Human Rights Lawyer’s Health in Serious Danger
October 20, 2020 — Nasrin Sotoudeh, the imprisoned human rights attorney, has been moved to the notoriously harsh Gharchak Prison (also spelled Qarchak) in the Iranian city of Varamin, south of Tehran, despite grave medical issues that require her hospitalization, her husband, Reza Khandan said today, October 20, 2020.Sotoudeh, who has serious cardiac and pulmonary complications after being on a hunger strike from August 11 to September 26, 2020 to protest the continued imprisonment of Iran’s political prisoners, will now continue serving her 38-year sentence (12 years of which she must serve before becoming eligible for release) at one of Iran’s most dangerous and inhumane prisons.
In an interview with CHRI on October 20, 2020, Reza Khandan, Sotoudeh’s husband, stated: “When Nasrin’s heart condition became worse, she needed an angiography. We have been waiting these past few days to prepare for her transfer to the hospital [from Evin Prison]. Today the authorities told her to get ready to go to the hospital but then she ended up in Gharchak Prison. The transfer was not announced by the prison authorities but by Nasrin herself who was allowed to make a brief phone call to give the news.”
“By denying Nasrin Sotoudeh critically needed medical care, and instead moving her to Gharchak Prison, known for its horrific conditions, the authorities in Iran are placing Nasrin Sotoudeh’s life in immediate danger,” said Hadi Ghaemi, executive director of the Center for Human Rights in Iran (CHRI).
“Sending Sotoudeh to sit behind bars alongside common criminals in conditions much more dangerous than Evin Prison is a desperate and transparent attempt to punish her—and to risk her life if they cannot silence her and her family any other way,” Ghaemi added.
CHRI calls for the immediate transfer of Nasrin Sotoudeh to hospital where she can receive full and proper treatment with the consent of her family.
Husband: “The authorities used trickery and deceit to transfer a prisoner”
Khandan told CHRI: “The authorities used trickery and deceit to transfer a prisoner, even though there was no need to do so. Nasrin didn’t have any of her belongings with her since she had only prepared to go to the hospital. She does not have her warm clothes and given her heart condition, we’re very worried for her.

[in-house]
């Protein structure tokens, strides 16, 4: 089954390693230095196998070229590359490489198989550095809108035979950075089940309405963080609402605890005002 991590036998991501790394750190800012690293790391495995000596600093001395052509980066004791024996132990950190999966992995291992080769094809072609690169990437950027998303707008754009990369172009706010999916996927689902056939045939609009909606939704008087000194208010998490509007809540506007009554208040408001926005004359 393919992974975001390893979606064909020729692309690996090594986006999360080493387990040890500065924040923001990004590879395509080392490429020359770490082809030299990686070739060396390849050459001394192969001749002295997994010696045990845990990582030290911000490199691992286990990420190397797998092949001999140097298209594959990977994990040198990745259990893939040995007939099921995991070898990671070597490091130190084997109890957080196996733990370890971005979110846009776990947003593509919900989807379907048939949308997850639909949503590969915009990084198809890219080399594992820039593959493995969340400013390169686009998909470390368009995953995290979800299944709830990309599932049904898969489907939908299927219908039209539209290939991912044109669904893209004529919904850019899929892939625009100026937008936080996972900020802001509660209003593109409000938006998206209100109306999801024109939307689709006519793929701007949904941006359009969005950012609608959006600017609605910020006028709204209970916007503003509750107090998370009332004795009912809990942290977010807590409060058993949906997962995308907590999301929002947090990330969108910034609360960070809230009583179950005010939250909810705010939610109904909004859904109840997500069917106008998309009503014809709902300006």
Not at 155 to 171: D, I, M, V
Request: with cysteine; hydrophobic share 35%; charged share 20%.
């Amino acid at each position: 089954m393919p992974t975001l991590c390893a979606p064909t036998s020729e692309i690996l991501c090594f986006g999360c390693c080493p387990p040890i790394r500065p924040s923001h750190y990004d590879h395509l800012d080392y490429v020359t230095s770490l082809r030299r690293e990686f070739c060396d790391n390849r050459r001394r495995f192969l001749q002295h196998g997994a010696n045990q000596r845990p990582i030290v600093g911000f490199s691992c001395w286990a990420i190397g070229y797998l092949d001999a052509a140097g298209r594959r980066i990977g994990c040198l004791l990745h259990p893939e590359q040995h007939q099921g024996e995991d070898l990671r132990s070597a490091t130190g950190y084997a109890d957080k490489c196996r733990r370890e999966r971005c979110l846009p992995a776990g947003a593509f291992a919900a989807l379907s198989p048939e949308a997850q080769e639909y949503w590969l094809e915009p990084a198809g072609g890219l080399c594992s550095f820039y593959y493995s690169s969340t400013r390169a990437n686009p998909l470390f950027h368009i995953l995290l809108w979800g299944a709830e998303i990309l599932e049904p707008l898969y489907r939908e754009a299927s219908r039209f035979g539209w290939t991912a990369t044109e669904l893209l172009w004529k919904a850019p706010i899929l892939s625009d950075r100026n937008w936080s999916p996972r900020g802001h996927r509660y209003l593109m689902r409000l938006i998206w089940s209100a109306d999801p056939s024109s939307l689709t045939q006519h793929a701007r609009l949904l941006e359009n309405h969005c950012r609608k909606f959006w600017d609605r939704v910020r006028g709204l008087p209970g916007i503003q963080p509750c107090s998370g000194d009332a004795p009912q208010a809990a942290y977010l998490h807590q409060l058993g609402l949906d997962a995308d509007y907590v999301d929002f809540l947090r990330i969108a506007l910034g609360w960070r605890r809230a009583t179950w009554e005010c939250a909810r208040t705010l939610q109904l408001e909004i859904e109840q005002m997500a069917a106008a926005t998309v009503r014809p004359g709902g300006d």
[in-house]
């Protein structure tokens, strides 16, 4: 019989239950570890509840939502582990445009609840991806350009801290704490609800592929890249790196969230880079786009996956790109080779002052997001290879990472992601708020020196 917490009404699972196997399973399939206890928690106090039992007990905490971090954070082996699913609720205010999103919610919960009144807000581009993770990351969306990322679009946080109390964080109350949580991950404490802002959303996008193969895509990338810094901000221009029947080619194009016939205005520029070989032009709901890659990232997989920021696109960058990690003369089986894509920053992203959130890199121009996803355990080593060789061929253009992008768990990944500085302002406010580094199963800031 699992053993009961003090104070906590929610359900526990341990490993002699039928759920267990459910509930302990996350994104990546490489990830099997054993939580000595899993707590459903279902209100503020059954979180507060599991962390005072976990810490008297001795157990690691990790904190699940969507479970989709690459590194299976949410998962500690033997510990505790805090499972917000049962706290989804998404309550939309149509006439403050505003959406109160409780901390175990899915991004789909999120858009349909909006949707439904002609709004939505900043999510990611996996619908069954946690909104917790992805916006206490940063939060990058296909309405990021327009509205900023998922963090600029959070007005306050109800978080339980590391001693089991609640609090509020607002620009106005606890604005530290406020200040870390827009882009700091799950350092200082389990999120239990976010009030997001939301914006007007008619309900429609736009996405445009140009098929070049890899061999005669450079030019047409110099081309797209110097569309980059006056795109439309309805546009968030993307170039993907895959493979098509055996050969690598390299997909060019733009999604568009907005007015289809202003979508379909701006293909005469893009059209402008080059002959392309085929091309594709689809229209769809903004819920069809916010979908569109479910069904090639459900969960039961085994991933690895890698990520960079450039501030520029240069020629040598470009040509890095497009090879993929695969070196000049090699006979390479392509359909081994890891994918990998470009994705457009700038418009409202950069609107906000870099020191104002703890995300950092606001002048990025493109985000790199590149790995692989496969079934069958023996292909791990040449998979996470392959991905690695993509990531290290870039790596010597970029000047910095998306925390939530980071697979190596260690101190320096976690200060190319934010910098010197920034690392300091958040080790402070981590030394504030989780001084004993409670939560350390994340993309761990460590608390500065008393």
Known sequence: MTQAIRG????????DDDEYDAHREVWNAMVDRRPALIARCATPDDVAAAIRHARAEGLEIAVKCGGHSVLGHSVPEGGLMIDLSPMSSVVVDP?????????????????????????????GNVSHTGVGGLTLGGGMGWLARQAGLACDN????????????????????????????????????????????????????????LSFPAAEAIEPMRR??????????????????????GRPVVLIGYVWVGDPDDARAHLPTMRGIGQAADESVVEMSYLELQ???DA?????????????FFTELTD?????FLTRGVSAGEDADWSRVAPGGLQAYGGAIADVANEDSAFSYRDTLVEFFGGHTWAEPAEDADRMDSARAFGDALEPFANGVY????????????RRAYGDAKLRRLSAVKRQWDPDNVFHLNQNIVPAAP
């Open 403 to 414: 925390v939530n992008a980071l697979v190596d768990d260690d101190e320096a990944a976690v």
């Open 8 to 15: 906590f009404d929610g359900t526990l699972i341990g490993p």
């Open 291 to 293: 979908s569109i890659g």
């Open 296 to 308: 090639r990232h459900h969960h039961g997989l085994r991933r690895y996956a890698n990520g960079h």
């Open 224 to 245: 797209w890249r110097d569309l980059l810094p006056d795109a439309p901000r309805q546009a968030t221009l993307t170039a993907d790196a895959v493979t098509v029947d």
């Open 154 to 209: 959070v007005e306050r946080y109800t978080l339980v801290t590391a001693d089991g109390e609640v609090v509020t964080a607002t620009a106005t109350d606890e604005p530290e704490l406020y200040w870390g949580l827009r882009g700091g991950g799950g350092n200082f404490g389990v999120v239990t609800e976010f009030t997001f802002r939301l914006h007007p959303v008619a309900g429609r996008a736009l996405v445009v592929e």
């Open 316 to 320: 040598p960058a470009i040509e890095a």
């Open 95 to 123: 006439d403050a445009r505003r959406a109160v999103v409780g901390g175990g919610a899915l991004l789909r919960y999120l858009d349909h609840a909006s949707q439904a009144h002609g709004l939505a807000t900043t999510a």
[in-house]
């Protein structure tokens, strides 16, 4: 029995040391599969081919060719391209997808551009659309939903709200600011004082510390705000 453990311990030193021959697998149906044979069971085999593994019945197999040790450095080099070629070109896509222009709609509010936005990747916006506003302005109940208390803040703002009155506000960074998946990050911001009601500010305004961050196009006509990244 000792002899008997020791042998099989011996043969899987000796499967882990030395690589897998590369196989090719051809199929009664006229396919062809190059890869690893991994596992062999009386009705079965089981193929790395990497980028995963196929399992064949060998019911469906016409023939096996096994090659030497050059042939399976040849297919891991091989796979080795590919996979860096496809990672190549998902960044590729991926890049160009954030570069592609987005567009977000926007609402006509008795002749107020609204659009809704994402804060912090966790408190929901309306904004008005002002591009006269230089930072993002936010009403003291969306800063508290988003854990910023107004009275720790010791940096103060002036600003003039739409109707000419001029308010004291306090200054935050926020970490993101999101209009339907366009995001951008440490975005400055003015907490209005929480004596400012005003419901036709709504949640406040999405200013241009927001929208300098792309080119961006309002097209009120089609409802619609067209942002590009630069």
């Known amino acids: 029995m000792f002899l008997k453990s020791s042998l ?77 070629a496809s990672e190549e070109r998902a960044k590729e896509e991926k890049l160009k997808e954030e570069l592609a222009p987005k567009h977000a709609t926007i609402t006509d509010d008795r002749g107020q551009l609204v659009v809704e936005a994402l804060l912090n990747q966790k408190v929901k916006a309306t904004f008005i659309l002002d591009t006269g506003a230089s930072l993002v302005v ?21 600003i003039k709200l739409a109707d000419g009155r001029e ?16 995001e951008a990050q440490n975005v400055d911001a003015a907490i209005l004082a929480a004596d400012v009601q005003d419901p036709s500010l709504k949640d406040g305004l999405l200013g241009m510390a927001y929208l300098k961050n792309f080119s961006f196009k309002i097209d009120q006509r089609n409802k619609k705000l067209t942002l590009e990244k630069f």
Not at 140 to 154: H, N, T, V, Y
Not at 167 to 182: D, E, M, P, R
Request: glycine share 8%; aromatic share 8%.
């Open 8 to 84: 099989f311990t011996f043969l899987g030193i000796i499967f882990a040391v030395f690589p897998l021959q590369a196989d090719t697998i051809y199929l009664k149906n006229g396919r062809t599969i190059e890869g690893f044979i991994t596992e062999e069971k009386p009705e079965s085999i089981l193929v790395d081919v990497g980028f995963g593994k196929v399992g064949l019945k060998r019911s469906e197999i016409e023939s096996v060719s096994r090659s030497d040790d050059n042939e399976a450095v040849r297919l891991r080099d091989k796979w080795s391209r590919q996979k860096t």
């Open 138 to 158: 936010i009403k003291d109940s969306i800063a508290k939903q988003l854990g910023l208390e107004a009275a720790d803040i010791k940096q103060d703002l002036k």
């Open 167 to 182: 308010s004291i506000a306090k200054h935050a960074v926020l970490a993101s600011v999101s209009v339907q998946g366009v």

“These kinds of behaviors by the judicial authorities toward Nasrin is the continuation of a policy of pressure and intimidation against our family – from my daughter’s detention and continuing persecution, to stricter restrictions on Nasrin’s basic rights in prison.
“The reason for these harsh acts and pressures is Nasrin’s recent hunger strike and its impact in raising international awareness about Iran’s political prisoners. By resorting to deceit and trickery to transfer a prisoner, the judiciary has only added to its notoriety among the public.”
Prison Doctors “Shocked” at Sotoudeh’s Return to Prison
Sotoudeh was hospitalized on September 19 as her medical condition deteriorated—only to be sent back to Evin prison on September 23, despite her worsening condition.
On September 26, 2020, when Sotoudeh ended her hunger strike, Khandan relayed that the prison doctors were “shocked” that she had been returned to prison in her condition, and “strongly protested,” as during her hospitalization severe cardiac issues were identified.
Khandan also reported that during her hospitalization from September 19 to September 23, Sotoudeh was exposed to multiple guards who later tested positive for COVID-19. He stated that doctors outside the hospital who reviewed her tests consider her transfer back to prison as “a deliberate attempt to put her life in danger.”
Khandan also said on Facebook today, October 20, 2020 that “Three weeks ago, after being hospitalised, she was taken back to the prison before completing her full treatment. According to experts, she had to be transferred once again to the hospital for an urgent heart examination and angiography, but instead the Evin authorities have relocated her to Qarchak prison, where the healthcare and prison detention conditions are even worse than Evin prison.”
Nasrin Sotoudeh is in prison for her peaceful work defending basic civil and political rights in Iran. Among her charges were “encouraging prostitution” for advocating against compulsory hijab and defending citizens’ right to peaceful dissent.